What are some Medicinal Uses of Lemons?


Lemon
The lowly lemon is one of the most undervalued natural remedies on Earth. Growing in many warm regions of the planet, with a number of varieties depending on where in the world it is produced, lemon is a common seasoning for seafood. It replaces vinegar as a dressing for salads. Its peel, as well as the juice, is used to season cakes, pies and puddings. And who hasn't been refreshed by a cold drink of lemonade on a hot day? But this sour fruit also has many medicinal uses, preventing or relieving a multitude of health problems.

Long known as a popular home remedy, many modern doctors who study natural therapies consider that no other fruit has so many medicinal uses as lemons. One of the reasons for this high rating in the health field is that lemons contain large quantities of vitamin C, ascorbic acid, in a chemical form that is easily assimilated by the human body. As ancient sailors learned when voyaging long distances, a little lemon each day can help to avoid scurvy by maintaining the body's level of vitamin C. It also aids in dissolving fats and other buildups in the circulatory system, thus reducing risks of high blood pressure, heart attack and stroke. Vitamin C protects and strengthens the capillaries, helping them to withstand hemorrhaging when daily stress increases the blood pressure. It also aids in nourishing the cells, helping the blood to carry more iron and thus avoiding anemia.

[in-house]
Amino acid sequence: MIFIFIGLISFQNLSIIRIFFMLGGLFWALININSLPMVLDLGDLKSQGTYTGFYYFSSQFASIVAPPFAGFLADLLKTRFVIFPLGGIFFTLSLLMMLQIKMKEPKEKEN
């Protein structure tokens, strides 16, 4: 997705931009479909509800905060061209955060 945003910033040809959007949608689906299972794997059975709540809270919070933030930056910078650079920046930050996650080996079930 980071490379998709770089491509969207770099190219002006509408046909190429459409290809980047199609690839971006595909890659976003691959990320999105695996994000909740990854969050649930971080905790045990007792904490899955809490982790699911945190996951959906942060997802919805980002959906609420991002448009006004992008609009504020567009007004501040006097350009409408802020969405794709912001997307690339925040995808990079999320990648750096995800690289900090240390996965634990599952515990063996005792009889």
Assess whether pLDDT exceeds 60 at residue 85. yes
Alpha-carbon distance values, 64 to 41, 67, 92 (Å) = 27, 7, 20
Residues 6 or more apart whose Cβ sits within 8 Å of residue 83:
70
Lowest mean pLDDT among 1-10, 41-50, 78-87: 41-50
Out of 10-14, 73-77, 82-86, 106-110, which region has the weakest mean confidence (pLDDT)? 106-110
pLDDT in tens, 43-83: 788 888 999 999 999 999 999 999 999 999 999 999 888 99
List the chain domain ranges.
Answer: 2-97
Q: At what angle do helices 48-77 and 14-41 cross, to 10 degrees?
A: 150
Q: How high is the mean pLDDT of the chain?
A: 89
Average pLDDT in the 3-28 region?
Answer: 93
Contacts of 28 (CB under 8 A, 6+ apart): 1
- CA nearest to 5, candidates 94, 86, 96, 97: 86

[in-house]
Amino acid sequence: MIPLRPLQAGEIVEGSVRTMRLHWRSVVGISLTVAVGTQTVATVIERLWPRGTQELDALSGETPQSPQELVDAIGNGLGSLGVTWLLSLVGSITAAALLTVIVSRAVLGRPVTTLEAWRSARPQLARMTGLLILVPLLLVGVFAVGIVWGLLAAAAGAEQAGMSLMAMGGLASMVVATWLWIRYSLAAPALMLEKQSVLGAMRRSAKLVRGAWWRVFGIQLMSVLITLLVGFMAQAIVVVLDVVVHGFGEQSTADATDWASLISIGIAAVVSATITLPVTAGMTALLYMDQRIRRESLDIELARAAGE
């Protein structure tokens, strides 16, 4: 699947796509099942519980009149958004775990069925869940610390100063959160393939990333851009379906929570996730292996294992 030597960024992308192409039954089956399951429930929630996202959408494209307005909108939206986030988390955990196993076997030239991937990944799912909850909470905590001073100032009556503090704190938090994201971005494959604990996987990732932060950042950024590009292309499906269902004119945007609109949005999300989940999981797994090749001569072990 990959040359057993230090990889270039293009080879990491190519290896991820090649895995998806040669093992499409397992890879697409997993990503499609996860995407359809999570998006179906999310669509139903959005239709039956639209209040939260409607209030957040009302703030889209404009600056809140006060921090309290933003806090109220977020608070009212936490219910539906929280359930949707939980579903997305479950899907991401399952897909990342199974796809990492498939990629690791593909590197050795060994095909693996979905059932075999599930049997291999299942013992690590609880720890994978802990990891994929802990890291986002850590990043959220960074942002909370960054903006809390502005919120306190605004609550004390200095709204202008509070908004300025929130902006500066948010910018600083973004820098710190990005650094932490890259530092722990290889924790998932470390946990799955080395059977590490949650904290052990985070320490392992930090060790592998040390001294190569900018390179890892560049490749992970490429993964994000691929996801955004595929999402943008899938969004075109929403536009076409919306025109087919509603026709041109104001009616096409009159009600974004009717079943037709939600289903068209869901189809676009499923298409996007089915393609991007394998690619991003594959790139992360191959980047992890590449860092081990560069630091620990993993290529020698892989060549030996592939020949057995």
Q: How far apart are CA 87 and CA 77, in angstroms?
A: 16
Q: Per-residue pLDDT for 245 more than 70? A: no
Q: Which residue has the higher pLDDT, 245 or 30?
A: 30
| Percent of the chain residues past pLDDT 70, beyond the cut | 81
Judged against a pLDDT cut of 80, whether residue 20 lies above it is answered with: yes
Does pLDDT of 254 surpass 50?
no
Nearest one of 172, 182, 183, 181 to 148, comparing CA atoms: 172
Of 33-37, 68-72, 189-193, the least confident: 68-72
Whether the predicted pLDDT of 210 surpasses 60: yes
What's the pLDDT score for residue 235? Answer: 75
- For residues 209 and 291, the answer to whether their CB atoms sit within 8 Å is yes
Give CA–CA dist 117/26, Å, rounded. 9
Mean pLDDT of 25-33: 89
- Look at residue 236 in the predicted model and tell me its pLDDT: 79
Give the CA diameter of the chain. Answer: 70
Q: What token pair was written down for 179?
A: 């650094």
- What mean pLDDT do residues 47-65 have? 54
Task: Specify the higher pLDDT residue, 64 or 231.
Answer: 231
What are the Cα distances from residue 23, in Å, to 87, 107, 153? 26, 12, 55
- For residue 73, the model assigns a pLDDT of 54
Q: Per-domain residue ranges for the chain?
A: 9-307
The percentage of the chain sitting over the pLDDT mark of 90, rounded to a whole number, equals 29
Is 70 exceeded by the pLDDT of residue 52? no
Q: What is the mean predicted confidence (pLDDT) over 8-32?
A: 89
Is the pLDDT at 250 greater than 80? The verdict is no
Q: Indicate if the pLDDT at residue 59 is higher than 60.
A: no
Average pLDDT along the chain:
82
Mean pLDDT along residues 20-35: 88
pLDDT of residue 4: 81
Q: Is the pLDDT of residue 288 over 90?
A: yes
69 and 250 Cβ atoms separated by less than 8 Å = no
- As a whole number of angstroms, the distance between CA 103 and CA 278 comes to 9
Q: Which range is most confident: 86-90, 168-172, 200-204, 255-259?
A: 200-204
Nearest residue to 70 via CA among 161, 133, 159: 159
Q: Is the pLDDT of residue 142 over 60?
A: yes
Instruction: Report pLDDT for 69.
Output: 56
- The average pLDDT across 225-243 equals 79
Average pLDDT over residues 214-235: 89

Among other things, lemon is a powerful antibacterial agent, which can be used to clean the house when diluted in water, but which also serves to cleanse the skin, to rinse the hair, and to disinfectant and heal external wounds. It is said to aid many other dermatological problems, including mucus and fungal growths on the skin. When the fruit is not available, leaves from the lemon tree itself have these same properties, though not in such a concentrated form. Lemon also reinforces the immune system, with its anti-allergic action, thus helping to prevent infections and viral conditions, including the common cold and flu, according to many popular testimonies.

Lemon has the unusual chemical property of being acidic in nature, but of becoming transformed into a basic compound in the digestive tract. The resulting alkalinity serves to neutralize acids in the body. Medicinal uses of this characteristic include consuming lemon to relieve indigestion and excess stomach acid, and especially to nullify the effects of uric acid accumulation. Uric acid is produced by the metabolism of proteins, especially meat products, which the human body was never meant to consume in the quantity which has become customary in our modern society.

Some of the prime enemies of good health are the salted meats: cold cuts, potted or canned meats, and salty dried meats, including fishes. Due to bad dietary habits, mainly excesses of meats and insufficiency of raw fruits and vegetables, the body produces too much uric acid, which then combines with salt (another product we generally consume too much of) to produce crystals that accumulate in various parts of the body.